Beth Israel gears up for the return of Mitzvah Day

Jason Delman is co-chair of Beth Israel Congregation’s social action committee.
Jason Delman is co-chair of Beth Israel Congregation’s social action committee. (Courtesy of Jason Delman)

After George Floyd’s murder last year, Beth Israel Congregation’s social action committee saw the need for a call to action, said Jason Delman, who, along with Mark Schenerman, co-chairs the committee.

This led to the decision to restart Beth Israel’s Mitzvah (Good Deeds) Day, which will be held at the synagogue on June 6. Participants will help assemble hygiene kits and bagged lunches for Baltimore’s homeless community, create thank-you cards for service members and clean up the grounds around Beth Israel.

“The good deeds day is about a call to action to assist our community,” Delman said. “It is there to help those that are in need, or don’t have the means, or are food insecure, or do not have the ability to get hygienic products.”

Schenerman, who lives in Reisterstown, said that Beth Israel has been holding Mitzvah days since at least the 1970s, though it has not done one every year. The synagogue’s last Mitzvah Day was several years ago.

The return of Mitzvah Day also fits into some of the social action committee’s short- and long-term goals, Delman explained.

“That’s the whole point, is to make a difference in our synagogue, making a difference in our direct community … and making a difference in our world,” Delman said.

The committee decided that organizing a Mitzvah Day was something it could get off the ground rather quickly, Delman explained. He hopes that Mitzvah Day could become an annual event at Beth Israel.

The hygiene kits include gallon-sized plastic bags that will include hand sanitizer, toothpaste, a toothbrush, a granola bar, a small water bottle, a comb and a pen and paper, Delman said. The bagged lunches will include a peanut butter and jelly sandwich, as those are sustainable and easily made; a granola bar; a bottle of water; and a piece of fruit, most likely an apple.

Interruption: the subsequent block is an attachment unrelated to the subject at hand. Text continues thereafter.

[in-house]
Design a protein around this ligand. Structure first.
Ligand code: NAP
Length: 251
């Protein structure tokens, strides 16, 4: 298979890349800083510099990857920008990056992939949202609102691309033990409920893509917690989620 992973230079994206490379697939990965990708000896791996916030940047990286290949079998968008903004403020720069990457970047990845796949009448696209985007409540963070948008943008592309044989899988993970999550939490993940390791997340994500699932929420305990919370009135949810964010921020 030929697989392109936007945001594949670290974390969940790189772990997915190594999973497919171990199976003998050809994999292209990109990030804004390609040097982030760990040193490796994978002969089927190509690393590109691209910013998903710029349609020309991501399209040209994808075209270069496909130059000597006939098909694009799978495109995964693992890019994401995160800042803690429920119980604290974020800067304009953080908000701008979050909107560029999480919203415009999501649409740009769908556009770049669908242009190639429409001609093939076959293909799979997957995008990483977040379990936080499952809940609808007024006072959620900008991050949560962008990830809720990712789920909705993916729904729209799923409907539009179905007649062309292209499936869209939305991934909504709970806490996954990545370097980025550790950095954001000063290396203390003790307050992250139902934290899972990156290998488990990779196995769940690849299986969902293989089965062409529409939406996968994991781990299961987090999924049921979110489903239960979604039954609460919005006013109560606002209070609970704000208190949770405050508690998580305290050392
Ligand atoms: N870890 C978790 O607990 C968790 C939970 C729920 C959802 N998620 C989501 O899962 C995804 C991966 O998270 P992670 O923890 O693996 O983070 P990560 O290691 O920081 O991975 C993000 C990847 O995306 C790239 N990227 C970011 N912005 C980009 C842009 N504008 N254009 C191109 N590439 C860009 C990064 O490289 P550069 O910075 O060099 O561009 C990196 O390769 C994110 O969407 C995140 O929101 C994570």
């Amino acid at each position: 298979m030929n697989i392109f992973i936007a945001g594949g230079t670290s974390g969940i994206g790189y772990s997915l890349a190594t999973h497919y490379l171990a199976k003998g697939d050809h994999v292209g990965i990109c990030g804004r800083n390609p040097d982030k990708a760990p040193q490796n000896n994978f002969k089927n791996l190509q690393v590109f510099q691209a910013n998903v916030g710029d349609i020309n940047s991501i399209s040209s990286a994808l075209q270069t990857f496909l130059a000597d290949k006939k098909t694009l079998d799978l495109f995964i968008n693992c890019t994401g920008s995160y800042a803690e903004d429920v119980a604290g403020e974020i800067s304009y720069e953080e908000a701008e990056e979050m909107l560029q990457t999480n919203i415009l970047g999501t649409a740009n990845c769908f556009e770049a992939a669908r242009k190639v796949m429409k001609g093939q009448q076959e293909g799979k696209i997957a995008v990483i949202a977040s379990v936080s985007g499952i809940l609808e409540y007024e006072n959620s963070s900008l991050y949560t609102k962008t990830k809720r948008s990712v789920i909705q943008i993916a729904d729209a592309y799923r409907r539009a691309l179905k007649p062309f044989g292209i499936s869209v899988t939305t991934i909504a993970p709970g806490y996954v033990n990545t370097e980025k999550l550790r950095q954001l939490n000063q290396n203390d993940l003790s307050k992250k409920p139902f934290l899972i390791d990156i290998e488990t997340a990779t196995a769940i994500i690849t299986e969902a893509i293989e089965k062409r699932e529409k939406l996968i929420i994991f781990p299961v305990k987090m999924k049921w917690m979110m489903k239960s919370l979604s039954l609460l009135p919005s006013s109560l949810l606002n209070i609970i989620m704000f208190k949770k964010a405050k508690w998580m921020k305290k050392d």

Schenerman expects as many as 25 to 50 volunteers to come to Mitzvah Day, he said. The committee is looking to assemble some 25 hygiene kits and as many as 200 bagged lunches. Schenerman envisions a type of assembly line, held outdoors on long tables, with everyone wearing masks. Delman added that tents would be set up in the event of rain.

The lunches and many of the hygiene kits will be given over to Jewish Volunteer Connection, said Schenerman, to be distributed among the local homeless population. Some of the volunteers may hold on to some of the hygiene kits and hand them out to homeless individuals they happen to encounter while going about their days.

While the adults are working on the lunches and hygiene kits, any children who tag along will be able to pick up a crayon and help decorate the thank-you cards for service members, Delman said. These cards will be sent to the organization Support Our Troops.

Lastly, volunteers will also spend Mitzvah Day helping to pick up trash and debris on the Beth Israel grounds and along the nearby Crondall Lane, Delman said.

“We hope that [Mitzvah Day] will help to relieve some of the challenges that homeless people are dealing with,” Schenerman said. A hygiene kit, he explained, can help a homeless person maintain their dignity while also helping them maintain their health.

Delman hopes the event will help strengthen a sense of community.

“Beth Israel is looking out for everybody in our area as best we can,” he said. “And these are a few projects that we’re able to do to help that.”

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